THE HUNDRED YEARS’ WAR 1339 -
JOAN OF ARC c1412 -
Charles VII of France
and Jean Fouquet
xxxxxAt the age of 17 the French peasant girl Joan of Arc, claiming to have received spiritual guidance, visited the Dauphin and convinced him of her mission to defeat the English. In 1429 she led the French army to a resounding victory over the English at the Battle of Patay, north of Orleans, and witnessed the crowning of the Dauphin at Reims. Whilst campaigning the following year, however, she fell into the hands of the English, and an ecclesiastical court at Rouen found her guilty of heresy and witchcraft. In May 1431 she was burned at the stake. Today a national hero, there is no doubt that she played a vital psychological role in renewing French hopes and resolve at a crucial time in the Hundred Years’ War.
aaaaaJoan was born into a peasant family in Domremy in Lorraine, and at the age of thirteen claimed that St. Michael and the early martyrs St. Catherine and St. Margaret had spoken to her. Four years later, at the command of these "voices", she went to the Dauphin at Chinon in north-
aaaaaFor the young peasant girl, however, the triumph was to be short-
aaaaaWhether in this account of Joan's life one accepts the part played by divine intervention must be a matter of personal opinion, but what she achieved by listening to her “voices” is not in doubt. By defeating the English at Orleans -
aaaaaThere is, of course, a danger of exaggerating the part played by this slip-
aaaaaWhat can be said with certainty is that throughout her military mission, imprisonment and trial she showed an incredible amount of physical and mental courage, and an amazing degree of piety. For these qualities alone she will always have a place as one of the most incredible and enigmatic figures in world affairs.
aaaaaIncidentally, as one would expect, Joan of Arc has provided a fascinating subject for a vast number of writers, painters and sculptors -
aaaaa…… The spot where Joan of Arc was burned at the stake in the old market square in Rouen is today marked with a large silver cross. St. Sauveur’s Church, which stood nearby and was the parish church of the dramatist Pierre Corneille, was destroyed around 1833, and the church that replaced it, Saint Vincent’s, was badly bombed during the Second World War. The present building, the Church of Saint Joan of Arc, was completed in 1979. Designed by the French architect Louis Arretche, it follows local tradition, and is built in the form of an upturned boat. The thirteen stained glass windows are from the 16th century, having been removed from St. Vincent’s and stored away before the bombing began. The statue of Joan of Arc outside the church was the work of French sculptor Maxime Real del Sarte and dates from 1926.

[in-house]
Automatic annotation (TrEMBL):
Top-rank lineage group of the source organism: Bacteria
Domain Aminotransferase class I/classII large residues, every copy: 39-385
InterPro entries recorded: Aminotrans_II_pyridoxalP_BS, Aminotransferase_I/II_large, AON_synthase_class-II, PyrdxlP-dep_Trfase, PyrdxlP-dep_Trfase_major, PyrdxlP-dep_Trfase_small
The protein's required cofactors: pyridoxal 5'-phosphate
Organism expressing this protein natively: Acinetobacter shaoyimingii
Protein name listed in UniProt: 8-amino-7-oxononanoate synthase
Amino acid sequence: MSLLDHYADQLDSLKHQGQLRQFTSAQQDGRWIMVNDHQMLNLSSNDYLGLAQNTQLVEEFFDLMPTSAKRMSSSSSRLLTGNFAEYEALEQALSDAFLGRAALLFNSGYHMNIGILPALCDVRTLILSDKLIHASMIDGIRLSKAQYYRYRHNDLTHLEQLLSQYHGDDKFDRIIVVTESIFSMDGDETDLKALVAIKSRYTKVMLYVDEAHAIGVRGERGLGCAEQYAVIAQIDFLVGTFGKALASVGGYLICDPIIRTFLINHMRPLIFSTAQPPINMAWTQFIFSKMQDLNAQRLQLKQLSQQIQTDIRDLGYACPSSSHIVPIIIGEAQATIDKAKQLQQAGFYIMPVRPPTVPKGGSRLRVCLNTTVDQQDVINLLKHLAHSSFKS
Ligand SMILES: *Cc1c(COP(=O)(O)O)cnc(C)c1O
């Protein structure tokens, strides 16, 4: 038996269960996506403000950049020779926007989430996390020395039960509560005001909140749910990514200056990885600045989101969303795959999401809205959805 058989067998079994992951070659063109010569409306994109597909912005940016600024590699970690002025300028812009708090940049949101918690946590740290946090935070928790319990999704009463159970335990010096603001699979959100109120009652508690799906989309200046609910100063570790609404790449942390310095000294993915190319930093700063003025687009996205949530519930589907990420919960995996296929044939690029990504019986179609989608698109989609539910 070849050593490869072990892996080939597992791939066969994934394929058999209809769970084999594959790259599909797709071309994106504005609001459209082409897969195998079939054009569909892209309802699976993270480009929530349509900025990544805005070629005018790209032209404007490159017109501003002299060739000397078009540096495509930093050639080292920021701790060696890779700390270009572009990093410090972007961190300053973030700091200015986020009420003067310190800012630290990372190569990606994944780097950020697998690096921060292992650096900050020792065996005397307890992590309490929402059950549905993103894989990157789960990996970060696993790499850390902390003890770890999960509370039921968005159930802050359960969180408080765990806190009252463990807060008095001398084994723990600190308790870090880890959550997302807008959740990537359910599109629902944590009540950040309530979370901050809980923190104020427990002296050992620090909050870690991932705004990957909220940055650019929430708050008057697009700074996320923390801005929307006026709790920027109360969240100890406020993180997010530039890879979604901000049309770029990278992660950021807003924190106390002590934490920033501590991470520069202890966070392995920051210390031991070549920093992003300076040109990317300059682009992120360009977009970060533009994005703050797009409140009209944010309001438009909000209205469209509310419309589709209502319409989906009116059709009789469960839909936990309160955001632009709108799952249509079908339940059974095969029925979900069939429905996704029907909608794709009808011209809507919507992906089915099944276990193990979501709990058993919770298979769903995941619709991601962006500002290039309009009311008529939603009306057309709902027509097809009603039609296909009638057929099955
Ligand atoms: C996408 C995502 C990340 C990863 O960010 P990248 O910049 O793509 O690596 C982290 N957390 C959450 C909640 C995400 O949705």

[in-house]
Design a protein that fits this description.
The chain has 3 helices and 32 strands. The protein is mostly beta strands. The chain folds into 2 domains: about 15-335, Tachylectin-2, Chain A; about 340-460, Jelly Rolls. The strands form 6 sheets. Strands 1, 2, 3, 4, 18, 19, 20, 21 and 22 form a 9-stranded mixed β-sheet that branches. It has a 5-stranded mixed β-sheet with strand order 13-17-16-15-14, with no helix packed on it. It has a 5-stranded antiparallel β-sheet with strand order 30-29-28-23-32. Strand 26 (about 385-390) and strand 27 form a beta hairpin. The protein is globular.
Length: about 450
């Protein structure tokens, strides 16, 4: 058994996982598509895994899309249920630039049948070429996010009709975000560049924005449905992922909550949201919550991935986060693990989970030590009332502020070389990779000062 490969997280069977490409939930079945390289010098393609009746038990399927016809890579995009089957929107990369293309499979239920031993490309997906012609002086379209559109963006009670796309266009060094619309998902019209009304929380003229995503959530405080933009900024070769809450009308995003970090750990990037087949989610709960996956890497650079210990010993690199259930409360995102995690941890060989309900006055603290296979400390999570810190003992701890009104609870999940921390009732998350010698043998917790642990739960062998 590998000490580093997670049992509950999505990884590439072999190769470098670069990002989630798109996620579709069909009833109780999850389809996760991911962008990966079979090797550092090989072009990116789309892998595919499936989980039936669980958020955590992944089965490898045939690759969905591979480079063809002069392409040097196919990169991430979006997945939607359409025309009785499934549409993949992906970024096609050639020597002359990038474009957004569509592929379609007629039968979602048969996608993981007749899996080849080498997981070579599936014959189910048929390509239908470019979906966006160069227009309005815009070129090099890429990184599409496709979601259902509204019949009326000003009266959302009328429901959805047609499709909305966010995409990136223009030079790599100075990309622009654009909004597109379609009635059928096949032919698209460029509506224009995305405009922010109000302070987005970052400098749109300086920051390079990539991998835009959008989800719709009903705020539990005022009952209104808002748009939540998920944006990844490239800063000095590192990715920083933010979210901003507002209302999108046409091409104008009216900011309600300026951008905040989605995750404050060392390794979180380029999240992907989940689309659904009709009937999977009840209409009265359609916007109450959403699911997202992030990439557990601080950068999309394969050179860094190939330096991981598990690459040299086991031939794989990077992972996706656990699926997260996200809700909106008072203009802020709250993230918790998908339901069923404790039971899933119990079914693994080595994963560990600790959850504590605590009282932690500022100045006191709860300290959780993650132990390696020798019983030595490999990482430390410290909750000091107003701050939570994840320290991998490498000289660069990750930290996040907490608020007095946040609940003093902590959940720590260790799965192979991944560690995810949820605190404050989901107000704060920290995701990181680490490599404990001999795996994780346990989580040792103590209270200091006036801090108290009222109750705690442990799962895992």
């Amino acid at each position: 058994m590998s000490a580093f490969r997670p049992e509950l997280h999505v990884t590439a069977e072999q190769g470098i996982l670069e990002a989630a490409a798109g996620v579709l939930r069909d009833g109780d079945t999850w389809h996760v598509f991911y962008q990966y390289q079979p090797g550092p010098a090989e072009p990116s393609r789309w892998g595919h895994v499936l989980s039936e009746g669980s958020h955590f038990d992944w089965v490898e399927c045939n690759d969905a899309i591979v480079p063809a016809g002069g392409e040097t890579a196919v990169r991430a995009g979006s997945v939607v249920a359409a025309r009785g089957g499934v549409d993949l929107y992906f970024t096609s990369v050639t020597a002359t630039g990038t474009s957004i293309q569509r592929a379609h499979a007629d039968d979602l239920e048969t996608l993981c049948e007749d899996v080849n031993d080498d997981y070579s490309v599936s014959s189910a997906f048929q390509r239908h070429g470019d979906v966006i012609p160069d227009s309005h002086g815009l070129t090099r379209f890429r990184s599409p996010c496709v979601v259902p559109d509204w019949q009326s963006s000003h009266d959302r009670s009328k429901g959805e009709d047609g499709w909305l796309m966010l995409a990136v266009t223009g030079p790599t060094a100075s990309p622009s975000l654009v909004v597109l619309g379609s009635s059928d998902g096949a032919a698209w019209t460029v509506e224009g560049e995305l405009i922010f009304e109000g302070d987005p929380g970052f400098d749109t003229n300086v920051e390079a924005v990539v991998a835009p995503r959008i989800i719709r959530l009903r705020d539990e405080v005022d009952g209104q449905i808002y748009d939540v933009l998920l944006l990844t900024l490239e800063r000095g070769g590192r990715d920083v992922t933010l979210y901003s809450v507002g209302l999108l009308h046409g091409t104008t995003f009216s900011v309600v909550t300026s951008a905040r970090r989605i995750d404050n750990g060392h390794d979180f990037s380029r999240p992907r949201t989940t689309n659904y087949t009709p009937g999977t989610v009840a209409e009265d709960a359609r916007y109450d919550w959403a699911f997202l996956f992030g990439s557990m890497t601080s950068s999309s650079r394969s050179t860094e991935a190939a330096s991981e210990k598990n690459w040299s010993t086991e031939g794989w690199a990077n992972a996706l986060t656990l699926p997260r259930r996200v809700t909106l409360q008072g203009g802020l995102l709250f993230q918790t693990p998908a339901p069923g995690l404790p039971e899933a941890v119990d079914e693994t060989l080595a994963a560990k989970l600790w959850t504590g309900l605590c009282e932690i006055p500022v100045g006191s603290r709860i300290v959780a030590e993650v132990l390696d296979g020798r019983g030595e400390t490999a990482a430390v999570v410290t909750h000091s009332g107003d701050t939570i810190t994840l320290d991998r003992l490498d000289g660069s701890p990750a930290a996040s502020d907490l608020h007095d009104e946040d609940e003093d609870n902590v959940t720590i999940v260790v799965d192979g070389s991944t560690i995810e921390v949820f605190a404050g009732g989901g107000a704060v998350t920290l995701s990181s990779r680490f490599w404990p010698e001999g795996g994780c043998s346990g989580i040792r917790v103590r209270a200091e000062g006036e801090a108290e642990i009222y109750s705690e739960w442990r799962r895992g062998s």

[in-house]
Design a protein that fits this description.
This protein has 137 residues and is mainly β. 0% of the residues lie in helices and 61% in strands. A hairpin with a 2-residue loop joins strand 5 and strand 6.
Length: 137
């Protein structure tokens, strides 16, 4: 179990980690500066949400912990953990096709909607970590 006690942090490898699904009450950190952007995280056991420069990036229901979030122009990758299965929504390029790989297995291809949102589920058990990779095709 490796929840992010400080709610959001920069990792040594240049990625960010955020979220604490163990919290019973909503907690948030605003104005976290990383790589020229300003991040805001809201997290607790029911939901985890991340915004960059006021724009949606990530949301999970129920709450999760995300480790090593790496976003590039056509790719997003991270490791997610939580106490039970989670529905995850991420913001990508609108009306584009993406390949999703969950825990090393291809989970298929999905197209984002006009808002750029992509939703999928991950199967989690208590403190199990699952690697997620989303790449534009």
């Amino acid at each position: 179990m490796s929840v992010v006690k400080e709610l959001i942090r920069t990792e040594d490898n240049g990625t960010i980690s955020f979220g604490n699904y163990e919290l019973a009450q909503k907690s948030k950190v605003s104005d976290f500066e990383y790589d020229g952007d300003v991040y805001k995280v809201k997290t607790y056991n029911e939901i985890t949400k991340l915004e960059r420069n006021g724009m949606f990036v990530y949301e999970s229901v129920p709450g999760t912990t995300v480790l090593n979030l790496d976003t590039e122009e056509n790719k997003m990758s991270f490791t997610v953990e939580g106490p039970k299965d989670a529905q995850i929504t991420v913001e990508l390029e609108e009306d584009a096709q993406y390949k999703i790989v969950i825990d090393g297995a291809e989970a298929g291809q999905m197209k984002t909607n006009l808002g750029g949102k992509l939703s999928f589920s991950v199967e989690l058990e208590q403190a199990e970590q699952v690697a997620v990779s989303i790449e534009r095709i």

xxxxxCharles VII of France (1422-
aaaaaCharles VII was king of France from 1422 to his death in 1461. He became Dauphin in 1417, but three years later Henry V of England concluded the Treaty of Troyes with his father, Charles VI, and with the Duke of Burgundy, whereby he and his successors became heirs to the French throne. Thus when Charles VI died in 1422, Charles only inherited the southern part of his country. However, the arrival on the scene of Joan of Arc in 1429 proved a turning point. With the defeat of the English at the siege of Orleans and the Battle of Patay, he was crowned king at Reims in July of that year. Later, when the Burgundians agreed to make peace in 1435, and Paris was recaptured the following year, the unity of France became a real possibility. (The portrait is by the French artist Jean Fouquet.)
aaaaaAlthough not the most dynamic of monarchs, Charles was skilful at court intrigue, and was thus able to set in motion a number of important internal reforms. He introduced a system of taxation which gave him a large measure of financial independence, and he encouraged trade. Given increased funds he was thus able to establish a permanent, more efficient army, and to go on the offensive. By 1453 he had driven the English out of all of France save the port of Calais. For this accomplishment alone he must be seen as one of the most important monarchs in French history.
aaaaaThe portrait of Charles VII above was the work of the French painter, miniaturist and illuminator Jean Fouquet (c1420-
aaaaaSuch was the quality of his work that he was appointed court painter to both Charles VII, in 1448, and to his successor, Louis XI, in 1475. His portraits showed a firmness of line, the use of strong colours, and his ability to capture the character of his sitter. While in Rome, where his artistic skills were much admired, he painted the portrait of Pope Eugene IV, but this work was later lost. His known paintings depicted religious themes -
aaaaaIllustrated below are a detail from his Pietà, a Self-
xxxxxThe French artist Jean Fouquet (c1420-
aaaaaAnd in addition to his portraits and paintings, he produced a number of finely executed and detailed miniatures, sixty of which were contained in one of his masterpieces, the large Book of Hours, produced during the 1450s for Étienne Chevalier, the royal secretary and lord treasurer. Noteworthy, too, was his rich illumination of a number of manuscripts, including two French translations from the witty stories of The Decameron, the masterpiece of the Italian writer Giovanni Boccaccio.
Joan of Arc: French miniature, interpretation by an unknown artist – French National Archives, Paris. Execution: by the German painter Hermann Anton Stilke (1803-